Tony Wadsworth, then at EMI, also worked with Enthoven and Clark as Williams went on to dominate the UK charts as few artists have done before or since.
“It was only after working with Robbie for several years that I realised almost all the artists I followed when I was in my late teens were managed by David,” says Wadsworth. “He was a giant in the industry then, and it’s as a giant that he leaves us now.
His and Tim’s unshakeable belief in Robbie Williams, combined with their experience, ambition and passion, made Rob’s domination of the world of pop almost inevitable. And, although their style of management was deadly serious, a sense of almost childlike fun was never far away. I will always remember his big heart and his big posh laugh.”
Enthoven had cut his teeth in the days when the UK music business resembled a small village, seemingly exclusively populated by urbane public schoolboys and cricket-bat wielding maniacs.
And while Enthoven was at ease in the former world, he was also a famously tough negotiator, alongside Clark securing Williams a ground-breaking £80 million deal with EMI in 2002.
“But for David it was never about the glory or the money,” says Collen. “The artist was everything to him. They dealt with the business side brilliantly but for David it had to be about the art.
He defended the artist’s position to the nth degree and that often made things quite challenging, certainly in those glory years, but you look back and go, That enormous ride that we had, he was very much leading the charge on it.”
Enthoven’s regard for artists led him to be a key figure in the Featured Artists Coalition, set up to help protect artists’ interests, and many of the organisation’s executives paid tribute to him.
FAC CEO Paul Pacifico hails him as “a beacon – his incredible power to make difficult problems feel like they were positive challenges was inspirational”.
Co-chair Sandie Shaw says he had “impeccable taste in all things - especially music and innately understood the artists’ viewpoint”. And ATC Management partner Brian Message says: “In an industry built on divide and rule and from a discipline, music management, not known for its collaborative spirit, David stood out as a champion of collective co-operation.”
“He was a giant of a man spiritually, emotionally and artistically,” says FAC board director Lucy Pullin. “His discerning taste and love/patronage of the arts was never-ending. He frequently shone the light of recovery and rehabilitation for so many people.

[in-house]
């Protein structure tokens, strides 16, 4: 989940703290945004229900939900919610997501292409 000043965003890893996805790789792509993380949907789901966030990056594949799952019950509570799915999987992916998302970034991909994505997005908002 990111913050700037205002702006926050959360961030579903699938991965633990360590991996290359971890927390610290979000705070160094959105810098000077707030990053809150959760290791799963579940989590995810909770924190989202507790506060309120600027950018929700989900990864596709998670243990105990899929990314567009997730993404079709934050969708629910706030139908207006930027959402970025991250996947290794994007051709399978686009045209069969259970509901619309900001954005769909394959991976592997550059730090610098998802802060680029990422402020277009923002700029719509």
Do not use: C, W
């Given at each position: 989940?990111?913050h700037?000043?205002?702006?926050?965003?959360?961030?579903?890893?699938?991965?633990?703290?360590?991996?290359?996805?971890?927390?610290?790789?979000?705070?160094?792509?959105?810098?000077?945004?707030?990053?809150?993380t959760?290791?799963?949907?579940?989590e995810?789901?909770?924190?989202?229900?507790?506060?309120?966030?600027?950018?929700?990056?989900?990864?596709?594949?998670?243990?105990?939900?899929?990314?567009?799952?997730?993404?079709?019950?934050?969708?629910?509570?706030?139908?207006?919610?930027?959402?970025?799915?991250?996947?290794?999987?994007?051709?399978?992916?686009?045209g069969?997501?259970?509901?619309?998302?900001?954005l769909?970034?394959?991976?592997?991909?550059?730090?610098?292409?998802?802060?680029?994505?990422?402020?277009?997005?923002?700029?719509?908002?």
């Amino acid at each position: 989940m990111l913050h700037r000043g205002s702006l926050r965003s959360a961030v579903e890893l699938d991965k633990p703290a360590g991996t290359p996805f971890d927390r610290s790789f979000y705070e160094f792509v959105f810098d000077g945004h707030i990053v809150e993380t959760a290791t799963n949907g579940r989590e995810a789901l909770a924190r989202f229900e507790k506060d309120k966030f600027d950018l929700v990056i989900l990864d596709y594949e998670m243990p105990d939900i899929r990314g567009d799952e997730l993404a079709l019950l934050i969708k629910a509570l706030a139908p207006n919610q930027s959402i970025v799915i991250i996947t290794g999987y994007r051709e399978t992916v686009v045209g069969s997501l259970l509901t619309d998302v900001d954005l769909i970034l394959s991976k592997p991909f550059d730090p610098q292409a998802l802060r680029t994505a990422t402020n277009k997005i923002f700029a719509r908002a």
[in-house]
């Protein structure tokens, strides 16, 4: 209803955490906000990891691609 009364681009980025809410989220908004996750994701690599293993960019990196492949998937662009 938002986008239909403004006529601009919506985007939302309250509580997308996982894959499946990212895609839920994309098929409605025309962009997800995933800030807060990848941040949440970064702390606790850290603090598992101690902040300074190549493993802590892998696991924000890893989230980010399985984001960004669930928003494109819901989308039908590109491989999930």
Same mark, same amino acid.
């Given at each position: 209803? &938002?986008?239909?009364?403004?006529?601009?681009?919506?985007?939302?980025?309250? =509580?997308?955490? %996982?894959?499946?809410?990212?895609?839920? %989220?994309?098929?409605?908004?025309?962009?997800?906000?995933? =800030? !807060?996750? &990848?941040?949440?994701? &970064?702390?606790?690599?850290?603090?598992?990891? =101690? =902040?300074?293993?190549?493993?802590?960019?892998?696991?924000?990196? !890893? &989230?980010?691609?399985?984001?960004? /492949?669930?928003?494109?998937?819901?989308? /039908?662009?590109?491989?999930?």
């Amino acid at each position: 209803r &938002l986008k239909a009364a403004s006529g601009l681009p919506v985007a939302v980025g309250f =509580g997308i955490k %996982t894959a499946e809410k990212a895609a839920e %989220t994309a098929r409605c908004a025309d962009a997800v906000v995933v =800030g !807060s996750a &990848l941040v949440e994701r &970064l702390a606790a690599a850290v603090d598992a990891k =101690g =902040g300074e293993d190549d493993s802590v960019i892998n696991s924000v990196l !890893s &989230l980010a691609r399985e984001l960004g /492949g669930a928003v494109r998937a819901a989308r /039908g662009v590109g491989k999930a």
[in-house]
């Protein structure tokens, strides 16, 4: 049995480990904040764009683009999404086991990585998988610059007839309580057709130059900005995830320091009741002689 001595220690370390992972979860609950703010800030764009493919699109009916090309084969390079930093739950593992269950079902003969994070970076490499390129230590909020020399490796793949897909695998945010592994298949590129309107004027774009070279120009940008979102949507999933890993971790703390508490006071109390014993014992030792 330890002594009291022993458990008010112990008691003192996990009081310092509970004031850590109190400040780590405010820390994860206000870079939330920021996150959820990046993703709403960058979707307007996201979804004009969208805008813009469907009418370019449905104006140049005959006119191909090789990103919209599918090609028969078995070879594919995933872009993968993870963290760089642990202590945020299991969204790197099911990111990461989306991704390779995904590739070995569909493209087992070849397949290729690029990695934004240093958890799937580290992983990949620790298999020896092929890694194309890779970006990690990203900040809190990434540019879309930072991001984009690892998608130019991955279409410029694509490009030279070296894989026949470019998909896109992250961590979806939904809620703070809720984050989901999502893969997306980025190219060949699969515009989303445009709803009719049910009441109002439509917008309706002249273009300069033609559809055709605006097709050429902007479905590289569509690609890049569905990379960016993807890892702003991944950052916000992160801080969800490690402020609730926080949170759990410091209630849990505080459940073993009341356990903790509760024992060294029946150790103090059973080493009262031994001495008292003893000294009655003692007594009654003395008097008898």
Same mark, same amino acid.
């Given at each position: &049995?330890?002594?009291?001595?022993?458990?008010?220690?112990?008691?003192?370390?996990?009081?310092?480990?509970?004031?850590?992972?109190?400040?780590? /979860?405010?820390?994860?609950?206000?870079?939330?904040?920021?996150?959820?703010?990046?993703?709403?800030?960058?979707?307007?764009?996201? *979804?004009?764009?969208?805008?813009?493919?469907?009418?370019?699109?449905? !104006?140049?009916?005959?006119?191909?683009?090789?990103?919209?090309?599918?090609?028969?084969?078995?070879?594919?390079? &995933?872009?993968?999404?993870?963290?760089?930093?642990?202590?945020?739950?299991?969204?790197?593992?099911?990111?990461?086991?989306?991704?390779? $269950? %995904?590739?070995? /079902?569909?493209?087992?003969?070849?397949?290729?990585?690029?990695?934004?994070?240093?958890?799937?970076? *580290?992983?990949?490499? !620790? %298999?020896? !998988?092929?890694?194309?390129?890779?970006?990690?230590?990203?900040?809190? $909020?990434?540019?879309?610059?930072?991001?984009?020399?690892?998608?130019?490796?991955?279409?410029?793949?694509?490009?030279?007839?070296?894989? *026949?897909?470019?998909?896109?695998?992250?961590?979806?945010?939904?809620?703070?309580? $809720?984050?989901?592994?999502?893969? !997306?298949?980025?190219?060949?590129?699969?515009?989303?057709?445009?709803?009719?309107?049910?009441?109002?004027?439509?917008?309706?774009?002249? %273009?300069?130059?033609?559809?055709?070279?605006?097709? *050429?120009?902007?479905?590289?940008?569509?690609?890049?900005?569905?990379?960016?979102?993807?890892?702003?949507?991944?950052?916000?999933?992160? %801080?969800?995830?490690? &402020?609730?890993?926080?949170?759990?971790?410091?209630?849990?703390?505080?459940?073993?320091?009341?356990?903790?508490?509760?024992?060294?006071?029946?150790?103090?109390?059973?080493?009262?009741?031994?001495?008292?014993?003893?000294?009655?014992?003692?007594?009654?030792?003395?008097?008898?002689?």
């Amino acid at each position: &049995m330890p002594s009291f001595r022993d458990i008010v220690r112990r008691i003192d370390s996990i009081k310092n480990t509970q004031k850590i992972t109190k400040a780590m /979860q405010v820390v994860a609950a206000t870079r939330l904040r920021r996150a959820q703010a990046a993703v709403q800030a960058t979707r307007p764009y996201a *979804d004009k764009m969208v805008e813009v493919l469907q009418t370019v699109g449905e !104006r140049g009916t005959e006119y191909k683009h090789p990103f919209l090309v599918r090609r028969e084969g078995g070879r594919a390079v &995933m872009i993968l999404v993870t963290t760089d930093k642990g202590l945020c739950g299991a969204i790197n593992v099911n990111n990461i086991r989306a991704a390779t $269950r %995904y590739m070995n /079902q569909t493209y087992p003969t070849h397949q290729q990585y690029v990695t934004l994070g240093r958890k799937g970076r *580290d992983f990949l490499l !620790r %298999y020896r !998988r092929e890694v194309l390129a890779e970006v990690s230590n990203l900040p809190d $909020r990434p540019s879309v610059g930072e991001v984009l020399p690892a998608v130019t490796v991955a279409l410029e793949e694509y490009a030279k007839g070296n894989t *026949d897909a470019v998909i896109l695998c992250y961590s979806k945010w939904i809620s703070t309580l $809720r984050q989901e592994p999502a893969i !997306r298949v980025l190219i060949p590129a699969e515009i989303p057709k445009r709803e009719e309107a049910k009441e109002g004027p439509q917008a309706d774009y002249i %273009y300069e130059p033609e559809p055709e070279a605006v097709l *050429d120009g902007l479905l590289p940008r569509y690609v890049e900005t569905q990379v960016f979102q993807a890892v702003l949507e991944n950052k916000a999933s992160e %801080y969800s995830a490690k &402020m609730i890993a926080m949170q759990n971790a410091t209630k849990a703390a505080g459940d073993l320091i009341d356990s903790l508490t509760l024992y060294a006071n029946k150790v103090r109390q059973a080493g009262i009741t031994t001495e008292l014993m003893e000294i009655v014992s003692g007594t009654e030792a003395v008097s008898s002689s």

I will miss his humour, his daily optimism, his 0-90 temper then straight back down to calm again. He listened to music, undiscovered and established, round the clock and even over 70, would go to gig after sticky-floored gig to support his acts or listen to new talent.”
Enthoven’s personal experience of addiction meant he could provide support to many of his artists, with Williams crediting his co-manager with saving his life during his own problems with addiction.
“He understood artists,” says Clark of his old friend. “They could speak to him freely. We both had the ethos that the artist must come first, that’s ie:music’s guiding rule.
But, much more than that, David was the one who was really able to talk to artists about any problem they might have and that was a huge strength to our company.”
He was also an inspiration to many in the industry. Velocity Communications’ Andy Saunders, who handles ie’s communications, remembers him as “very funny and generous to a fault with his time and advice – frankly, if I was an artist I’d have wanted him to manage me”. And Williams’ PR, Murray Chalmers, recalls going to Enthoven for “style advice” when meeting Bryan Ferry for the first time.
“I was a bit worried about asking David such a seemingly trivial question,” says Chalmers, “But he took the matter very seriously and, in that gloriously posh, booming voice he answered immediately; That’s an easy one, old boy.
A bloody good shoe and a coloured sock will never go amiss with Bryan. Of course, David was right - he normally was. His death has come as a big shock and a big blow.”
For a man who was, in Clark’s words, “the person in management who changed the rules” back in the 1960s, Enthoven remained on the cutting edge until the end. He and Clark pulled off one of the blockbuster deals of this year in signing Williams to Sony and Sony Music UK chairman/CEO Jason Iley recalls a recent meeting.
“Six weeks ago I had breakfast with David, which happened to be his 72nd birthday,” Iley tells Music Week.
“He looked amazing – big cool glasses and his recent beard. I said to him at the time, You look like a rock star. He couldn’t have looked better and I was amazed he was 72.
“As usual, we reminisced and laughed louder than anyone in the restaurant – especially when he told the story of the day he was driving down King’s Road on one of his favoured Harley-Davidson’s – again behaving like the ultimate rock star – until he drove it straight into the back of a bus! Here’s to the ultimate rock star – a man who touched the lives of so many and will be missed by each and every one of them. Much love.”
The entire music industry will be missing such meetings, always over good food and always involving many laughs and stories, from now on. Music Week’s thoughts are with Enthoven’s family, friends and colleagues.
But his larger-than-life legacy will live on.
“I remember how many laughs we had,” says Clark. “Yes, we had lots of fights and lots of tough negotiations, but all the time it was loads of fun.”